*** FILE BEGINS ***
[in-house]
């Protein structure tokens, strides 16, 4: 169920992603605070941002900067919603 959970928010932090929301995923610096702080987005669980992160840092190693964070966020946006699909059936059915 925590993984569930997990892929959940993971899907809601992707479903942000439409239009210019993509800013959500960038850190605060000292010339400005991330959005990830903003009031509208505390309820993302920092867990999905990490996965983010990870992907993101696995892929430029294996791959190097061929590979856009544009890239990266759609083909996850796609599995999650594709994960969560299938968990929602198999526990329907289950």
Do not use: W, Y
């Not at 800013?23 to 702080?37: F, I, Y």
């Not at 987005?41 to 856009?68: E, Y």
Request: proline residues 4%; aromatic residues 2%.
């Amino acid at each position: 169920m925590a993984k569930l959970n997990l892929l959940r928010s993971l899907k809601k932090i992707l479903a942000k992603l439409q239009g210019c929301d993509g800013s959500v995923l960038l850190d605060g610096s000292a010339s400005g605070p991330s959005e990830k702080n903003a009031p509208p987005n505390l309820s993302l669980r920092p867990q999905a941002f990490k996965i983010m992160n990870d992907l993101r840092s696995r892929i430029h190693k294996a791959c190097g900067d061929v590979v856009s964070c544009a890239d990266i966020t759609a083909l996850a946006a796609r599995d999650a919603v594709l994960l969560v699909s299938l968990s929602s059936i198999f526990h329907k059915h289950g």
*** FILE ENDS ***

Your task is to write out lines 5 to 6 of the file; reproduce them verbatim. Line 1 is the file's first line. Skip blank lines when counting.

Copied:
């Not at 987005?41 to 856009?68: E, Y």
Request: proline residues 4%; aromatic residues 2%.